Brands today need to be interesting and do something remarkable if they are to cut through the clutter and get people to firstly care about them, and secondly, take some sort of action, whether that be to part with money, sign up or merely share content via their personal networks.
And by brands, I mean individuals, companies large and small, as well as nonprofit organisations.
To that end, I asked food writer and content creator extraordinaire Lou Pardi (pictured above) to write the post because, well currently she's living and breathing the campaign and creating plenty of visibility online (and off!) for the One Girl brand.
Create & share content
And that's the goal, isn't it? To get members of the public to take notice of you and get involved in your cause, plus giving them something they can create content around, content that their friends and acquaintances can them pass along to their friends, who can share with their friends... and so on.
And that's exactly what Lou has done with her Do It In a Dress campaign!
In the post below, Lou explains the campaign and her role in it, as well she shares some excellent social media and content marketing tips associated with her activity. Thanks Lou!
(And yes, if you look closely at the photo at the bottom of this post, you might - just might - see a PR Warrior in a school dress! Photo taken at Melbourne Media Makers)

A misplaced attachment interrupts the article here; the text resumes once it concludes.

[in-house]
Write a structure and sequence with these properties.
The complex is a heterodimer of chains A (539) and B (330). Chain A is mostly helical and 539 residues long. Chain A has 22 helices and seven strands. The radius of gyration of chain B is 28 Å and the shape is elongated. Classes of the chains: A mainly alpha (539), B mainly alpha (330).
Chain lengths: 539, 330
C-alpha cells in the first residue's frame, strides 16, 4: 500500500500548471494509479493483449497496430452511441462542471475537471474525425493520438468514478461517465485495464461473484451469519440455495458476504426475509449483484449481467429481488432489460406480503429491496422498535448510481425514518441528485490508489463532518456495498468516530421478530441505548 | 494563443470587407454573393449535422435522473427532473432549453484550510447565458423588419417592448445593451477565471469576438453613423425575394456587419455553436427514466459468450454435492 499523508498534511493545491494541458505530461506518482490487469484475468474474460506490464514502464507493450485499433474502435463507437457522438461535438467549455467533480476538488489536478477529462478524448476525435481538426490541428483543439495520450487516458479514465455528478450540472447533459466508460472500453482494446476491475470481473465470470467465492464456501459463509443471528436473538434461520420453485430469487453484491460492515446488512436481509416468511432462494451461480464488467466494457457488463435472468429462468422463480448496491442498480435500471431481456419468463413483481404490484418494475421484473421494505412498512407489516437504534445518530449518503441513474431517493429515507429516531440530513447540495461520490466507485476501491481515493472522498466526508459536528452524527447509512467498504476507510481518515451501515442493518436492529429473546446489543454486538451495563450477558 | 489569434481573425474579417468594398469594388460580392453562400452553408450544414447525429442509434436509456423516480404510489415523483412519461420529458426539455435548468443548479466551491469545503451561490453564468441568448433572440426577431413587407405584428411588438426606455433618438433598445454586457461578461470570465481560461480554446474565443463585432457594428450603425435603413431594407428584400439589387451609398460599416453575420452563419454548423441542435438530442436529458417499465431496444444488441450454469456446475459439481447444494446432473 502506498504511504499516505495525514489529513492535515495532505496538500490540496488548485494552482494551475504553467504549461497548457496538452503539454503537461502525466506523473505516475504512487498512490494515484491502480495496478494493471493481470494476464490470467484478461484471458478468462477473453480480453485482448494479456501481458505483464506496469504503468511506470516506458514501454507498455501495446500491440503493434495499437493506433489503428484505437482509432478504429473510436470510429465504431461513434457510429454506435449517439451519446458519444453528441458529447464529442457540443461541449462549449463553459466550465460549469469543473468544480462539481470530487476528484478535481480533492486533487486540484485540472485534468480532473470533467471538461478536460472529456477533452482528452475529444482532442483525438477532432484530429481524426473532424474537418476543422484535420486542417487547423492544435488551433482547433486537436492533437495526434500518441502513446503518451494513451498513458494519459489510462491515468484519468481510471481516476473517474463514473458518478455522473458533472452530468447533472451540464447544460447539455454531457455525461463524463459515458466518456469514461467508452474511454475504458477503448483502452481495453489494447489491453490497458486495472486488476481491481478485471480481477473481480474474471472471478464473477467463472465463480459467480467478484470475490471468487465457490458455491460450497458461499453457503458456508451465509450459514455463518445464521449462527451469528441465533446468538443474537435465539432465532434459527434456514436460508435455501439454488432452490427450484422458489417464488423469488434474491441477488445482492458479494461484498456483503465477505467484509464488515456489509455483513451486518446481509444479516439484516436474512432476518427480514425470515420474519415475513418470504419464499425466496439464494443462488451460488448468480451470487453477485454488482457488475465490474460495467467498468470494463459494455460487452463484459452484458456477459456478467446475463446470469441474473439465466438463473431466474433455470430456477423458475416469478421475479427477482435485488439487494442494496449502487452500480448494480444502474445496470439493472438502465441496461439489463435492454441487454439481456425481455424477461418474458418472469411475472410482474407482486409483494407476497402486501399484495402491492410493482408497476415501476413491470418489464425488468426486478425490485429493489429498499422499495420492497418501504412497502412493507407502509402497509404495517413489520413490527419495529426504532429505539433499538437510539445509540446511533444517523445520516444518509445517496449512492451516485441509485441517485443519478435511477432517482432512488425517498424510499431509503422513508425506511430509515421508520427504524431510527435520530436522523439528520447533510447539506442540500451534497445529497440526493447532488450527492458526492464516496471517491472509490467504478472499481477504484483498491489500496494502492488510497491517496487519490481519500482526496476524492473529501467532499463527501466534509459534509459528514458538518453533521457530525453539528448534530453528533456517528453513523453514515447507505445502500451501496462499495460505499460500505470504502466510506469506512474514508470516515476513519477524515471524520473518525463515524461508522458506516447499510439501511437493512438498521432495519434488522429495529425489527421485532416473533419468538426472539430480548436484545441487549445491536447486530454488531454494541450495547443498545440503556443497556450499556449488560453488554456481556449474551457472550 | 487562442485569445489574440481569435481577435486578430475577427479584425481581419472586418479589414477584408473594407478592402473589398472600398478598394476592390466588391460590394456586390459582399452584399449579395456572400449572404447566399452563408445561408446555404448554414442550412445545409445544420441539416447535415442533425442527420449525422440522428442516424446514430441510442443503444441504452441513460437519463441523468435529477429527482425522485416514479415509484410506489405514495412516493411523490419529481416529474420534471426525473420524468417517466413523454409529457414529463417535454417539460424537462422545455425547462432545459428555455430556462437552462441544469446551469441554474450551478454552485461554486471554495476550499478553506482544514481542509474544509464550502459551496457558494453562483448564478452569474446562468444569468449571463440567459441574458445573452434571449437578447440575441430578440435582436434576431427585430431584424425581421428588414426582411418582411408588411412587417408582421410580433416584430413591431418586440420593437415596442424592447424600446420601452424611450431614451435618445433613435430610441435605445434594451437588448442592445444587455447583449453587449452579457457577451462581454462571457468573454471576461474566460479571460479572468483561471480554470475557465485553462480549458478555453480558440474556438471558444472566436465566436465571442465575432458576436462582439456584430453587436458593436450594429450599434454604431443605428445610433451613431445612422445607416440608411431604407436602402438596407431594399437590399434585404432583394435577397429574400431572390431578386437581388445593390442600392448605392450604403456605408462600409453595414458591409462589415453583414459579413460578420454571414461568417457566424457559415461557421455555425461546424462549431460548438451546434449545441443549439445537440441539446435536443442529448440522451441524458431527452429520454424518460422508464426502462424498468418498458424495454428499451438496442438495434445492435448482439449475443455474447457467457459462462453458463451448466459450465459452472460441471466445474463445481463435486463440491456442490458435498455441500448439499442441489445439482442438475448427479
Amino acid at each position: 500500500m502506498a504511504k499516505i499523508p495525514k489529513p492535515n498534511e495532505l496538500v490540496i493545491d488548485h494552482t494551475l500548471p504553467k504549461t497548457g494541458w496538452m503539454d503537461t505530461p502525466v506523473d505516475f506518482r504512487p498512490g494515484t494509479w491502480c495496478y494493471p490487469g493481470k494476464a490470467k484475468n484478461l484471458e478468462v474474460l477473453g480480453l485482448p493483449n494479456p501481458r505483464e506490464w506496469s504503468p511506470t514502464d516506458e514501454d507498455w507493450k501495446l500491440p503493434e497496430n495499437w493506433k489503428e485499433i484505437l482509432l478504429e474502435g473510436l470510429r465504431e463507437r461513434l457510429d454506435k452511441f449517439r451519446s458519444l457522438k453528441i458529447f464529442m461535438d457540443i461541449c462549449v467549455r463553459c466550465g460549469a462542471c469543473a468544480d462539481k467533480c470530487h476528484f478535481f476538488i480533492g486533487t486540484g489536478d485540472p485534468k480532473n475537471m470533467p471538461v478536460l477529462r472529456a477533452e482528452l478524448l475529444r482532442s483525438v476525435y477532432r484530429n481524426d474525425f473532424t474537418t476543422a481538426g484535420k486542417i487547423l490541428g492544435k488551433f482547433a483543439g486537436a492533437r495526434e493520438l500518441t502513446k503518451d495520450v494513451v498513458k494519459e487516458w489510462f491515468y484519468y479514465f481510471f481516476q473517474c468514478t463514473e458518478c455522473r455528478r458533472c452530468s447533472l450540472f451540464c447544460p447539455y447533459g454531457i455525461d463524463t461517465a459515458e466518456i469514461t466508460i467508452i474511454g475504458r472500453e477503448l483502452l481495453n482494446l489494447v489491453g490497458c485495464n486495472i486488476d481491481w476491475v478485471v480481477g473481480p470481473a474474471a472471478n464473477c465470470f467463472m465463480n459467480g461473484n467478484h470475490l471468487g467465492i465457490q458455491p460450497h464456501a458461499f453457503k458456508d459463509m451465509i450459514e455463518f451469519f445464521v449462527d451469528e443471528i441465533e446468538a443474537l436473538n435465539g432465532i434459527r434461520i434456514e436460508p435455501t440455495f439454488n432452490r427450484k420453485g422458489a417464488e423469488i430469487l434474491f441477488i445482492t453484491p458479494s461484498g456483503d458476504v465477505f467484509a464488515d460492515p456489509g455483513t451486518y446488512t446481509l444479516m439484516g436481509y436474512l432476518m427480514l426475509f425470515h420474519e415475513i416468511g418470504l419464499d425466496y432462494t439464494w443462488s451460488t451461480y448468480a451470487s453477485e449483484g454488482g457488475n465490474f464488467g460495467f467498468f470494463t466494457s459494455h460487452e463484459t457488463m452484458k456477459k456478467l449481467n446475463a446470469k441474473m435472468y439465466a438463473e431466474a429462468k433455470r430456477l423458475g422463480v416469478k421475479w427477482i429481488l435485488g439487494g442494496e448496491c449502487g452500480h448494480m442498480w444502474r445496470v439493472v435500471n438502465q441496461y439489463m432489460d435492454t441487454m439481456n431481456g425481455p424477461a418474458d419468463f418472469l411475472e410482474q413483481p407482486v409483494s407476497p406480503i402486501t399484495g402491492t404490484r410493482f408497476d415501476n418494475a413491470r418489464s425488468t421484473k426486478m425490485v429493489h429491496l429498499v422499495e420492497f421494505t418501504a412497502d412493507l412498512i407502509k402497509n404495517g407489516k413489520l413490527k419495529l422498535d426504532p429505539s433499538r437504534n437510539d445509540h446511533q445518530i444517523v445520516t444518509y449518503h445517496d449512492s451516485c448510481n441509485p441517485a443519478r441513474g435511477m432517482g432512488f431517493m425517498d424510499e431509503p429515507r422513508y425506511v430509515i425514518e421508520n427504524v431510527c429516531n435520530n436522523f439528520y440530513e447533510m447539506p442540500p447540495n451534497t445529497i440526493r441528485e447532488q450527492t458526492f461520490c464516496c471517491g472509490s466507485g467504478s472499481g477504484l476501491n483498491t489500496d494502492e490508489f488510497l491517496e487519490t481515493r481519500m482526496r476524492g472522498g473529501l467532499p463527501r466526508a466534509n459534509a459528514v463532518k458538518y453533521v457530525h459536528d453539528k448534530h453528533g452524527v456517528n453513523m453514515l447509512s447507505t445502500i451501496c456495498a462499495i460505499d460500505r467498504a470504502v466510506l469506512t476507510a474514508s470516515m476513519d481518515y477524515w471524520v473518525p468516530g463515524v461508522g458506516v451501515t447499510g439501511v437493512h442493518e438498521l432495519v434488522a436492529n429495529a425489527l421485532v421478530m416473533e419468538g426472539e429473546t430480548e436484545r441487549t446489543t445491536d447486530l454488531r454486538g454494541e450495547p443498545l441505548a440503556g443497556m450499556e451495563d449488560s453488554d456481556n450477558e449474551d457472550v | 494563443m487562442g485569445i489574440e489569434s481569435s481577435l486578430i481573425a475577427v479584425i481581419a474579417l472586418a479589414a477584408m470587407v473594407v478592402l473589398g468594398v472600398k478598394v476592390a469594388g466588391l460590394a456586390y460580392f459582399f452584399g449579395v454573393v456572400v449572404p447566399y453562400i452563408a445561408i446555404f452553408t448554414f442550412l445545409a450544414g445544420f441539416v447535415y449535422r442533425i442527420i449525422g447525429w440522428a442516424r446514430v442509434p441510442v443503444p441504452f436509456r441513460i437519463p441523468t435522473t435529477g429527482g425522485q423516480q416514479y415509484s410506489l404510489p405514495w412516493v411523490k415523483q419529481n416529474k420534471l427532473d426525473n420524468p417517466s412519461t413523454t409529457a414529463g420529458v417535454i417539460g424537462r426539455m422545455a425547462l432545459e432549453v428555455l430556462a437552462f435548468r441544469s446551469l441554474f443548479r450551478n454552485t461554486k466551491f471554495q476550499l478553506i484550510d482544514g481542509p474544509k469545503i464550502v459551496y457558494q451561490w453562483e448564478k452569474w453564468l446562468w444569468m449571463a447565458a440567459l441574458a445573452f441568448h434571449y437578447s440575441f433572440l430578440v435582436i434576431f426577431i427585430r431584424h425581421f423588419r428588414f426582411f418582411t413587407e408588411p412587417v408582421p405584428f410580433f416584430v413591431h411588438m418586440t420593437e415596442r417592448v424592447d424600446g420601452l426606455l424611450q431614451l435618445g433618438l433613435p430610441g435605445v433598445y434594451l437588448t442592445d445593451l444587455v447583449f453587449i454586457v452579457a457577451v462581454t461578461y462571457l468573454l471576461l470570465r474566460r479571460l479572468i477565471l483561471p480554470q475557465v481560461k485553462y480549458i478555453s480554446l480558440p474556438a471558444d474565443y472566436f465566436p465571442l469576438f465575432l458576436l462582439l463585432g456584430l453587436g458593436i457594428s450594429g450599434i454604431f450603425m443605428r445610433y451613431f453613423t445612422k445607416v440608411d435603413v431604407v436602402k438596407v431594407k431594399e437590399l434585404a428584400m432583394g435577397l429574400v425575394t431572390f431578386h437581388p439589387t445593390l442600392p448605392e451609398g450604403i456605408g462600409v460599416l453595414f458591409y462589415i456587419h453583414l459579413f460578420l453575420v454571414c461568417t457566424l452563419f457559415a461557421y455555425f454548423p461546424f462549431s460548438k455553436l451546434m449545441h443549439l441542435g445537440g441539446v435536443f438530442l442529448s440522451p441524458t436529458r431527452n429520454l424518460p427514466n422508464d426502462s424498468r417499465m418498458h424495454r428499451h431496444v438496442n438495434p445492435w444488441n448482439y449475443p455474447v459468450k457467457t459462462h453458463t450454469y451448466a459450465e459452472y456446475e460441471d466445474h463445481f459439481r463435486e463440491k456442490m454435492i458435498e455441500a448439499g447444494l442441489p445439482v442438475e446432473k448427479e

GUEST POST: Do It In a Dress (by Lou Pardi)
Do it in a dress is One Girl’s major fundraiser. One Girl is an organisation which gives girls in Sierra Leone the opportunity to access education and sanitation. It was started by two Melburnians, Chantelle Baxter and David Dixon.
This year they asked me to get on board as a champion, and although donning a school dress isn’t something I thought I’d be doing ever again, after learning more about their organisation, I was more than happy to participate.
One Girl implements education and sanitation programs on the ground in Sierra Leone. It’s one of the worst places in the world to be born a girl. Young women are more likely to be sexually assaulted than receive an education.
The idea behind One Girl is that changing one girl’s life helps the whole community – an educated girl gets married later, makes different family decisions, has less children and alleviates poverty for everyone.
Anyone can participate – simply by signing up at www.doitinadress.com, and either wearing an old school dress, or buying one from the site. You can do it in a dress for an event, a day, a week or a month – and you’re sponsored to do so by friends and family (and if you’re lucky - strangers too). It’s kind of like a fun run, but there’s no running, which makes it perfect for me.
That said, there were a few hurdles to getting me in a dress. I’m a thirty-something friendly feminist who’s just co-founded a new content agency - so running around in a school dress isn’t top of my personal branding agenda...
It’s a cause I believe in. The services are implemented by the people who raise the money. Their funds distribution model is transparent. And the campaign, is awesome.